57. 57. A slashed W indicateswater reactivity and isespecially important forfirefighters because itindicates that the materialis water reactive.HAZMAT Awareness Slide 572- HAZMAT Identification© 2007 - 2008
    58. 58. Because facilities often contain dozens, if nothundreds of hazardous materials, the NFPA704 system is usually used to warn of thehighest level of concern.Always check with the occupant to determineexactly what is in the building—the systemonly gives you a first warning of the potentialdanger.HAZMAT Awareness Slide 582- HAZMAT Identification© 2007 - 2008
    59. 59. Section 8 Session SummaryHAZMAT Awareness Slide 592- HAZMAT Identification© 2007 - 2008
    60. 60. Session Summary: 1. Nine Hazard Classes Defined by the U.S. Department of Transportation (DOT) 2. DOT Marking Signs Used in Transporting HAZMATS 3. How to Use the Emergency Response Guidebook 4. The NFPA 704 Marking System HAZMAT Awareness Slide 60 2- HAZMAT Identification © 2007 - 2008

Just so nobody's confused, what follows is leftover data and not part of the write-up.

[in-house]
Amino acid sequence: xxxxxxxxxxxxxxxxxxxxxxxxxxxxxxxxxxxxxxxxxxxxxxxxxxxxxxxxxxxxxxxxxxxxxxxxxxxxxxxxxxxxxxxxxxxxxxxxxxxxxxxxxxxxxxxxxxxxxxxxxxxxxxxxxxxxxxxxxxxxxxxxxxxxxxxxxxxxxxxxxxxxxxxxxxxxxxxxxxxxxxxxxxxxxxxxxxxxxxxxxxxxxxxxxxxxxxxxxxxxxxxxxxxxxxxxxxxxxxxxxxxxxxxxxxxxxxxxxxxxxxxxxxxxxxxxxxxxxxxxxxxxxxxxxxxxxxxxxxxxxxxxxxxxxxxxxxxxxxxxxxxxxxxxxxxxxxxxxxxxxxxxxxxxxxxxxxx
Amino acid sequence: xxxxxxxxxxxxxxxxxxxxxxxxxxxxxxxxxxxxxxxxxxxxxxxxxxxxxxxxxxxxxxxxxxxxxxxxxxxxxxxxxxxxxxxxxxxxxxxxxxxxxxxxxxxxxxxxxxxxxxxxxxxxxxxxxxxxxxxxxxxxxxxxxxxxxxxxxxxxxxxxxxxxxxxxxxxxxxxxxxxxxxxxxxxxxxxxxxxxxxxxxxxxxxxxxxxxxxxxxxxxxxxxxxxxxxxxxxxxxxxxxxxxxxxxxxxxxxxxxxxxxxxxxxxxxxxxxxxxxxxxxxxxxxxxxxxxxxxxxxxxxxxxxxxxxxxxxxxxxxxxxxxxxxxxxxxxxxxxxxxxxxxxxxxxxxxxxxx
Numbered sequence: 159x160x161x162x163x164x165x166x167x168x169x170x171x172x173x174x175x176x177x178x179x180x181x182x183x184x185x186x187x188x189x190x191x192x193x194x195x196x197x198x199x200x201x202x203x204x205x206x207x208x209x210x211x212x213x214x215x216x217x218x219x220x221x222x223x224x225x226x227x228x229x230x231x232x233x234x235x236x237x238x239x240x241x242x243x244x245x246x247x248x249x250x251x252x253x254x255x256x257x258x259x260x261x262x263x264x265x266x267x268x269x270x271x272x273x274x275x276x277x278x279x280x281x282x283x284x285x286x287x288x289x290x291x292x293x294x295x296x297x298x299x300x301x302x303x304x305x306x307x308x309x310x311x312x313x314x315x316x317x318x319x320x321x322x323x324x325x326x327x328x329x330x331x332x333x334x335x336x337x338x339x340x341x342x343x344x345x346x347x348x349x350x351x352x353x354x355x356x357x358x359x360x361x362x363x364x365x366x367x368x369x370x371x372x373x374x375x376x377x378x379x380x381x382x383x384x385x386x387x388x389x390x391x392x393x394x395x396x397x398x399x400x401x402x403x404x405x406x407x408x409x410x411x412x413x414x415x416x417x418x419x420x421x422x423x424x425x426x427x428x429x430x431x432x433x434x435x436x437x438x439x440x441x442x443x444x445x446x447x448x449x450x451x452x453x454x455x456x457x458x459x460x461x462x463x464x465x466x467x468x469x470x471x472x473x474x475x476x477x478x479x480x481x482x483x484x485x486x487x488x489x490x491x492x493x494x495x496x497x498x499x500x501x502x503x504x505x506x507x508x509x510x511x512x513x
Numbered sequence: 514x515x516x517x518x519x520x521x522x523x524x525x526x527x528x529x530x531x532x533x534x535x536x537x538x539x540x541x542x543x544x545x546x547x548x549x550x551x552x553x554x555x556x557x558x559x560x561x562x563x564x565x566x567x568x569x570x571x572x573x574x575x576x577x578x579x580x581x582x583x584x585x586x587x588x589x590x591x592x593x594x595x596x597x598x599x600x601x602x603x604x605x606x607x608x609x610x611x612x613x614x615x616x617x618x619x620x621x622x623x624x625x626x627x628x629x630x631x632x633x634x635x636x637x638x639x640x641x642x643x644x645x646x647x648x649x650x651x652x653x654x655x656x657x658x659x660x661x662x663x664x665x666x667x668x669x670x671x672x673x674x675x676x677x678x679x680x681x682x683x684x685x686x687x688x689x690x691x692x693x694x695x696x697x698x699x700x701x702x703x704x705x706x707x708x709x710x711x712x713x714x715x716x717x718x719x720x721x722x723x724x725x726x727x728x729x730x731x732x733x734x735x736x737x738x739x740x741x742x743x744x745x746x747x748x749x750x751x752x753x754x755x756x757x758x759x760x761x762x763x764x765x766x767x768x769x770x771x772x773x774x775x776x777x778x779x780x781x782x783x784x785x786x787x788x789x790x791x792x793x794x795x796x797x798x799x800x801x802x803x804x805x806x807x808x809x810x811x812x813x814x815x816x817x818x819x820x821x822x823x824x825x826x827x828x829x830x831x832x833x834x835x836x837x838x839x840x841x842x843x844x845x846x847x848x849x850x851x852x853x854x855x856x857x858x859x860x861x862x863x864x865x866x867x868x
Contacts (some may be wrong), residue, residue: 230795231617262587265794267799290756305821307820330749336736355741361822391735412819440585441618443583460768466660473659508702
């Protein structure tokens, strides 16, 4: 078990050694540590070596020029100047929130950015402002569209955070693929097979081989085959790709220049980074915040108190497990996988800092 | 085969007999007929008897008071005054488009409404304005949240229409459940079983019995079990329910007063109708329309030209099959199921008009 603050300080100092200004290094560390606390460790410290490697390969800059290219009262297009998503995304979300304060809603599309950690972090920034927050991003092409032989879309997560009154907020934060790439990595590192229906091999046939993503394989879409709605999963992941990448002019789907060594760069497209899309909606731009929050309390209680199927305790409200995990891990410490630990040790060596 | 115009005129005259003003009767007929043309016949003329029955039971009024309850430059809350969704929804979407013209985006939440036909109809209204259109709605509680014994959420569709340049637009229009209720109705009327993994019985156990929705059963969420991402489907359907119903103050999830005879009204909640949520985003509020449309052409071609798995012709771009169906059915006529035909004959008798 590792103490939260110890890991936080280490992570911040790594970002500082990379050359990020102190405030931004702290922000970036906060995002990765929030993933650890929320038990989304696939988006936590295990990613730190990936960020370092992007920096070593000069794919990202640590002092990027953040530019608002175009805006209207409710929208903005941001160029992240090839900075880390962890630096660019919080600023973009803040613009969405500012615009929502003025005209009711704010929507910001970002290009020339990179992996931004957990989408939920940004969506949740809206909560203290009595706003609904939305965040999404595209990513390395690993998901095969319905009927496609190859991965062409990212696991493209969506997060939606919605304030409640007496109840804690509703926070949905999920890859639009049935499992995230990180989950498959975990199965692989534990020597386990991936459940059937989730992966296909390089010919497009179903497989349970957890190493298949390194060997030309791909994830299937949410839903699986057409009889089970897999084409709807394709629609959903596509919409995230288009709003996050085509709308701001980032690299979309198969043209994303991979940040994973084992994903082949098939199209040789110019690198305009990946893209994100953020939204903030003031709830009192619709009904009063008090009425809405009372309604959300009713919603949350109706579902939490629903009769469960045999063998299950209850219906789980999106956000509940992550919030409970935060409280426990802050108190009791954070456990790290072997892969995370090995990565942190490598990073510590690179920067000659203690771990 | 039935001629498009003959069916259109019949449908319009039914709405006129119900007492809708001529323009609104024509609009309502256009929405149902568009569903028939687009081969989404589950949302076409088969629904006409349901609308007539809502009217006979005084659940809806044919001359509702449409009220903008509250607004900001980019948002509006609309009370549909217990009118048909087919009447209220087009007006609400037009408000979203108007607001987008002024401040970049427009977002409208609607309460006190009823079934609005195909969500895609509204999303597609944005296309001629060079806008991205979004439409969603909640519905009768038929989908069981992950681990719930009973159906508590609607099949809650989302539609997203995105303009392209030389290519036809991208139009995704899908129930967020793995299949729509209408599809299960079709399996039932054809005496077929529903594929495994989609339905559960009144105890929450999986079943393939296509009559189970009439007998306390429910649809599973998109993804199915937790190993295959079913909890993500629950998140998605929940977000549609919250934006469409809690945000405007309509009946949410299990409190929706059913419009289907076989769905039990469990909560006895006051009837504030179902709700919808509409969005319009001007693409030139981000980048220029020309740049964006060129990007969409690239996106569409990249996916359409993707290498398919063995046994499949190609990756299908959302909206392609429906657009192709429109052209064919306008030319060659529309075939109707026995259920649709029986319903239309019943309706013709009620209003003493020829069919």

61. 61. Remember that hazardous materials canexplode, poison, corrode, ignite at roomtemperature or cause radiation exposure…to name just a few of the potential hazards.HAZMAT Awareness Slide 612- HAZMAT Identification© 2007 - 2008
    62. 62. The ability of the firstresponse team to identifyexactly what is involved inan incident is essential toprotecting both the publicand the environment in ahazardous materialsemergency.HAZMAT Awareness Slide 622- HAZMAT Identification© 2007 - 2008
    63. 63. Use the resources at yourdisposal to “know beforeyou go” and make everyresponse a safe response.HAZMAT Awareness Slide 632- HAZMAT Identification© 2007 - 2008
    64. 64. The EndHAZMAT Awareness Slide 642- HAZMAT Identification© 2007 - 2008